Snapshots by Gloria Freeland - April 11, 2002
It's now or never
I was so excited I about jumped out of my chair when I saw in the Kansas City Star that Italian tenor Luciano Pavarotti was going to be in Wichita on April 6.
Immediately the next morning, I called the ticket office. Closed until 10 a.m.! At 10, the line was busy. I got on the Internet site, clicked on the "buy" button, entered my credit card number and that was that.
We arrived in Wichita Saturday afternoon and stopped to pick up our tickets at the Kansas Coliseum.
The American Kennel Club was having a show there that afternoon and dogs were everywhere. A bunch of RVs were parked on the grounds.
"Well, those RVs look a bit seedy," I remarked.
"I suppose they have seedy in Italy, too," Art replied, grinning at me.
"Somehow I imagine their seedy to be more charming, though," I said.
We went to our hotel to get dressed and then returned. As we arrived, a stretch limo was pulling out. I wondered aloud if Pavarotti had cancelled the show. You always hear about these stars being so temperamental.
We hurried through the strong wind past two metal cattle sculptures to the coliseum, which Art dubbed "the cow palace." We found our seats - at the very top of the nosebleed section. I checked out the program, which had a list of selections Pavarotti would perform and, on the inside, a photograph of Pavarotti that folded out into a poster.
Since we got to our seats with time to spare, Art and I did one of our favorite things: watched people.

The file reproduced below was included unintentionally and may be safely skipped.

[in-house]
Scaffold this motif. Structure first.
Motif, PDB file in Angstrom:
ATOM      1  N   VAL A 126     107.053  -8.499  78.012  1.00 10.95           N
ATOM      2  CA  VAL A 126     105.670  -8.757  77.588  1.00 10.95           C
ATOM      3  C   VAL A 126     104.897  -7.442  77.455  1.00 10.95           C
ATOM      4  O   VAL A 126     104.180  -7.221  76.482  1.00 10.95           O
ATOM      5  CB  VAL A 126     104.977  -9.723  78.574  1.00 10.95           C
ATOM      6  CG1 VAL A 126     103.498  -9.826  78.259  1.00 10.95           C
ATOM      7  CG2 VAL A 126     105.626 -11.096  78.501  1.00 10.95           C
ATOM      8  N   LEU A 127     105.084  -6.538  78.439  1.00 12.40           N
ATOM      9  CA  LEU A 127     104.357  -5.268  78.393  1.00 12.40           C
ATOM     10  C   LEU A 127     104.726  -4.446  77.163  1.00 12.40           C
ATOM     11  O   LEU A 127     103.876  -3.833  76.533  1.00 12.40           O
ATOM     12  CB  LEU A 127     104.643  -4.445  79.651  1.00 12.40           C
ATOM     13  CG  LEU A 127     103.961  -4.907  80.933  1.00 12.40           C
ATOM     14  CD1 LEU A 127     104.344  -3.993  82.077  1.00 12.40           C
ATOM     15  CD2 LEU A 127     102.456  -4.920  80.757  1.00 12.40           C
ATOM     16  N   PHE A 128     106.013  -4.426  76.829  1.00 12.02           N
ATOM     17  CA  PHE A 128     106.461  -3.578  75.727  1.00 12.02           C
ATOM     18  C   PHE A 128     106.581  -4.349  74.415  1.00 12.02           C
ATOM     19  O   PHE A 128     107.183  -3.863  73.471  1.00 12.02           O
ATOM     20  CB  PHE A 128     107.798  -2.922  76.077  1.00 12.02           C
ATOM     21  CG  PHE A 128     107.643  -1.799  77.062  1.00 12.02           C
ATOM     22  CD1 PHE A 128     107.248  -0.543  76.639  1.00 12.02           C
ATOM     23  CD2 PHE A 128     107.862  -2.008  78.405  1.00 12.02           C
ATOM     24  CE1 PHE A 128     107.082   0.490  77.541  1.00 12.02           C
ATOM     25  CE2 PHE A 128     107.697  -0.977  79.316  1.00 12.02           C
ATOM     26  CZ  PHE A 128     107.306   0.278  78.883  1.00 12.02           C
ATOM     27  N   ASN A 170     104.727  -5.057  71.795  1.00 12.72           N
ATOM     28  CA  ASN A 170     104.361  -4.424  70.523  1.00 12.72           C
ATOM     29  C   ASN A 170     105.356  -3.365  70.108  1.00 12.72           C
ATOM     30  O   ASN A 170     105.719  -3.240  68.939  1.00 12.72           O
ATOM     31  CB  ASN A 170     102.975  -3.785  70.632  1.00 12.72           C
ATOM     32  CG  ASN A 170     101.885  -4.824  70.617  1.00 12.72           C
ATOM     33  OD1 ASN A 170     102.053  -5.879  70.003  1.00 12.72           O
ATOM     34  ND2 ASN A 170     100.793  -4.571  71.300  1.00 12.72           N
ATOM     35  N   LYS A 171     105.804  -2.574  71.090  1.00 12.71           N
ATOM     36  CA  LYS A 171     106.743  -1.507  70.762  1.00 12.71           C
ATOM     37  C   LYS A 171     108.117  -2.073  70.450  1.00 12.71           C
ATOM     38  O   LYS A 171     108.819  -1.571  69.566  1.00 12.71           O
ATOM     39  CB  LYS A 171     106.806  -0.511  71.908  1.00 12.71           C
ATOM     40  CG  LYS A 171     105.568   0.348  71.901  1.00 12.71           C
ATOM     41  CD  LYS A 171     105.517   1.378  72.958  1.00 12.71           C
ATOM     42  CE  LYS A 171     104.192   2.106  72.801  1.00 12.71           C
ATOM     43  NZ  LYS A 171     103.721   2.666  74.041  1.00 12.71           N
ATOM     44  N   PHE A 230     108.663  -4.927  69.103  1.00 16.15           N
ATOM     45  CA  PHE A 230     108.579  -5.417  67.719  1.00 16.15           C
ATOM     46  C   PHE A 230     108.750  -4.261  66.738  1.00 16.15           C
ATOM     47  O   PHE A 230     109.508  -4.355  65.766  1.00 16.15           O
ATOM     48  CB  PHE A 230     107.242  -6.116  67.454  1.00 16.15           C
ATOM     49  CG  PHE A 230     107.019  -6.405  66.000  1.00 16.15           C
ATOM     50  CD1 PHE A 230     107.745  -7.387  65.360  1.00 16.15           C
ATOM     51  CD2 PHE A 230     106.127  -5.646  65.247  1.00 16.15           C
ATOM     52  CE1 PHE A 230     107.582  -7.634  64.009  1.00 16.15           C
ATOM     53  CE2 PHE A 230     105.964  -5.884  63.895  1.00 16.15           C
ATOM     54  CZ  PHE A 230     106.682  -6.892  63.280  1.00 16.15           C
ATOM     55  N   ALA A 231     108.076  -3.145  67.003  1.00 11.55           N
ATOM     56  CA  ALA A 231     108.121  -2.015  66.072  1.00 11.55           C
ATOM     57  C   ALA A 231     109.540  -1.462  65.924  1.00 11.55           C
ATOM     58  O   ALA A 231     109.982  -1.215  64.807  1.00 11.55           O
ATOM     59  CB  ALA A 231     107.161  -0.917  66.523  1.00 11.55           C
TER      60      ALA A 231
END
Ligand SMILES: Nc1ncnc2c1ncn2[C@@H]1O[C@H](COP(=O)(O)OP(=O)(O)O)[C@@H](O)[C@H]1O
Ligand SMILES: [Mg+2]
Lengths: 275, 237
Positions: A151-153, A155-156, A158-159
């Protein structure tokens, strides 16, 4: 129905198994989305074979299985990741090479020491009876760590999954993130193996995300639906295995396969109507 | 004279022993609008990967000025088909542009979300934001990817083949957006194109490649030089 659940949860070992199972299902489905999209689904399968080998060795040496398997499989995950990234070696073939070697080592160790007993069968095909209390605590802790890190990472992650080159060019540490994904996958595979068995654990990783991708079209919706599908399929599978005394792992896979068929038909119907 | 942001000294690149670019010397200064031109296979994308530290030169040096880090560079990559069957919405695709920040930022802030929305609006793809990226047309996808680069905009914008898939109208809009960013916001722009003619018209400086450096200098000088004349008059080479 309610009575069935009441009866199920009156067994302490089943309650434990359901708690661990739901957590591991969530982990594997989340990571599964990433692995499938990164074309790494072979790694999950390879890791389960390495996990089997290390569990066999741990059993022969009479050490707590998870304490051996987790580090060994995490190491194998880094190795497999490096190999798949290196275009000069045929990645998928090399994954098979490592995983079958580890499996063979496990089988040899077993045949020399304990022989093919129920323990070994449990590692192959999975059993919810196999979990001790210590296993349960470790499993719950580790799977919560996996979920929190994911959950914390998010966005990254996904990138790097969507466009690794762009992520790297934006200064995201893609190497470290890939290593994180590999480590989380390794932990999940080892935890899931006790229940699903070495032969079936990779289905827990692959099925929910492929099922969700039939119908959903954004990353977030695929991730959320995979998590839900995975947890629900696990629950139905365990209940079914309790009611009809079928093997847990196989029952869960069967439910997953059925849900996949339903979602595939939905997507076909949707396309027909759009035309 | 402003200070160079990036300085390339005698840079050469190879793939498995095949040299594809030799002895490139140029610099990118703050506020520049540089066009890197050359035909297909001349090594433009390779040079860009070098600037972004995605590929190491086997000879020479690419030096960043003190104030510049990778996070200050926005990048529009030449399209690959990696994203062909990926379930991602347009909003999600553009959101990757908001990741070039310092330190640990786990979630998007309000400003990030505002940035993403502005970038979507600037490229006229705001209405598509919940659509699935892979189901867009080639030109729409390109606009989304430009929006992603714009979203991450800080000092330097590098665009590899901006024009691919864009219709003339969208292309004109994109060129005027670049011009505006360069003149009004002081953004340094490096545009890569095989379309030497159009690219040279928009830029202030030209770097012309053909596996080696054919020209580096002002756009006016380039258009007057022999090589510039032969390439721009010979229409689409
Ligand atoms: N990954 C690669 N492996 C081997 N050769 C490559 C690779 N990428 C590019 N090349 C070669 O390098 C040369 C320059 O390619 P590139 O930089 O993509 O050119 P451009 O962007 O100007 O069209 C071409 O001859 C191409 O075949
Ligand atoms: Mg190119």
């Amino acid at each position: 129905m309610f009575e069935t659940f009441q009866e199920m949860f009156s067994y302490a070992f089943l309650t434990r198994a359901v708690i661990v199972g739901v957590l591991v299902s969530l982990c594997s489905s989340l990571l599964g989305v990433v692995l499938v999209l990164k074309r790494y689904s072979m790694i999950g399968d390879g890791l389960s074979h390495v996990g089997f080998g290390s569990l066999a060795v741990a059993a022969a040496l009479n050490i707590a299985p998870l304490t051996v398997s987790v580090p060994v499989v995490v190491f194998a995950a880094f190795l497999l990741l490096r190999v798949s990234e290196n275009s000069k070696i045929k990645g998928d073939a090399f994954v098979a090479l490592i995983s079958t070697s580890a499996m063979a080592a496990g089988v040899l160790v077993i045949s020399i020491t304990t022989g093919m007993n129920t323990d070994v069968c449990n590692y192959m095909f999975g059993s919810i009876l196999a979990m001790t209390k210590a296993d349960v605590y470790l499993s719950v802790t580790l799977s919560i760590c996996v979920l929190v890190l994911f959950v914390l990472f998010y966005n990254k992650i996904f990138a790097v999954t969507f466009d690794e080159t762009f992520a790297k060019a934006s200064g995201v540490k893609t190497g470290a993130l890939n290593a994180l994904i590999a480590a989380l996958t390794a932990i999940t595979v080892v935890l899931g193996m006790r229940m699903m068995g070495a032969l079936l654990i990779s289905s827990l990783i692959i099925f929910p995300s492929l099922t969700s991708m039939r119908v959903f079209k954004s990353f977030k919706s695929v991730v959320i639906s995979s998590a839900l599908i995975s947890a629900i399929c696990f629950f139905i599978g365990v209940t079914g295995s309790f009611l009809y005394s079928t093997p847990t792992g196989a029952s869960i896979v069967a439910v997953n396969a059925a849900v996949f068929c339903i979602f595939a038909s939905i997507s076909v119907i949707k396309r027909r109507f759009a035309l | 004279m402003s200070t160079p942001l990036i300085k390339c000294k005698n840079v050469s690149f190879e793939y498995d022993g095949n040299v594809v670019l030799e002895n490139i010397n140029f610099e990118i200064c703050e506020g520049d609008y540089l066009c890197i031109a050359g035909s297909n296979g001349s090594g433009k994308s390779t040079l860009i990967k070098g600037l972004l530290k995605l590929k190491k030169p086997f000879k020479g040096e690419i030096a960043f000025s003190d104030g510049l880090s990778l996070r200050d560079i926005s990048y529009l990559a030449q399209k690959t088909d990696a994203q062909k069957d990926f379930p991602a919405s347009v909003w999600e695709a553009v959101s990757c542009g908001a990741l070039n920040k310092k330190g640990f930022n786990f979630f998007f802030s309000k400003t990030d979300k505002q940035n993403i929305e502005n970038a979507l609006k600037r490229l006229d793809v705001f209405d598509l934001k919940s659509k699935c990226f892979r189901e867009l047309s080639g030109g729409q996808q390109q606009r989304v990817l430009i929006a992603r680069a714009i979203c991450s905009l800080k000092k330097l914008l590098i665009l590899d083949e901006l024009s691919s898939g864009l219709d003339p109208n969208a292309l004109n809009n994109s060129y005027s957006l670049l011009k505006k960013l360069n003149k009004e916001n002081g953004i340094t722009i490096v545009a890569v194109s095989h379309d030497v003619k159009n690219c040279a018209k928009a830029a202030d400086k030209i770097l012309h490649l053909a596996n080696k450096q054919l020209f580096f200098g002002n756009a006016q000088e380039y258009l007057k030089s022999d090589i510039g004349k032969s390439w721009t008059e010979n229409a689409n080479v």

People's attire ranged from jeans and sweatshirts to top hats and tails. One older gentleman nearby wore a gold, green and brown plaid jacket. Not far away a woman was dressed in a long sequined gown and feathery boa.
Two gals a few rows down were eating sandwiches, which had lettuce sticking out on all sides. I asked Art whether people can go anywhere for two or three hours without having to eat something. The concession stands were doing a big business selling champagne in plastic glasses, too.
Next to Art, two women, who both wore wedding bands, were chatting animatedly. Art said their husbands were probably home drinking beer and watching TV.
Finally, people took their seats and the lights went down. The orchestra began the program.
Art thought it was part of Pavarotti's entourage because they were so good, but it was the Wichita Grand Opera Orchestra.
At last the moment I'd been waiting for arrived. Luciano Pavarotti came out on the stage dressed in a tuxedo and carrying a white handkerchief. The guy in front of us commented that Pavarotti looked like a penguin from where we were sitting. I didn't care. I - along with about 6,000 other people - were actually in the same place with him!
As soon as he appeared, cameras flashed from every direction, in spite of signs warning people not to take cameras inside and the fact that at such a distance, the flash is completely ineffective.
Pavarotti sang selections from Tosca, Werther and La Bohème. Soprano Annalisa Raspagliosi sang solos and joined Pavarotti for some duets. We applauded them and the orchestra until our hands hurt. At the end of the show, the crowd stood and clapped so long that Pavarotti came back to sing three more songs. One of them was "O Sole Mio," better known as "It's Now or Never," made famous by Elvis Presley. Then he was joined again by Raspagliosi for a duet from La Traviata.
"Sing along with us - or at least hum," Pavarotti said. "I know you all know this one."
So we did.
After Pavarotti left the stage, we lingered a bit - as much to let what we had heard sink in as to wait for the crowds to thin out.
It was a night to remember. For a moment, the "Cow Palace" was host to one of the most talented and legendary artists of our or any other time - and I was there.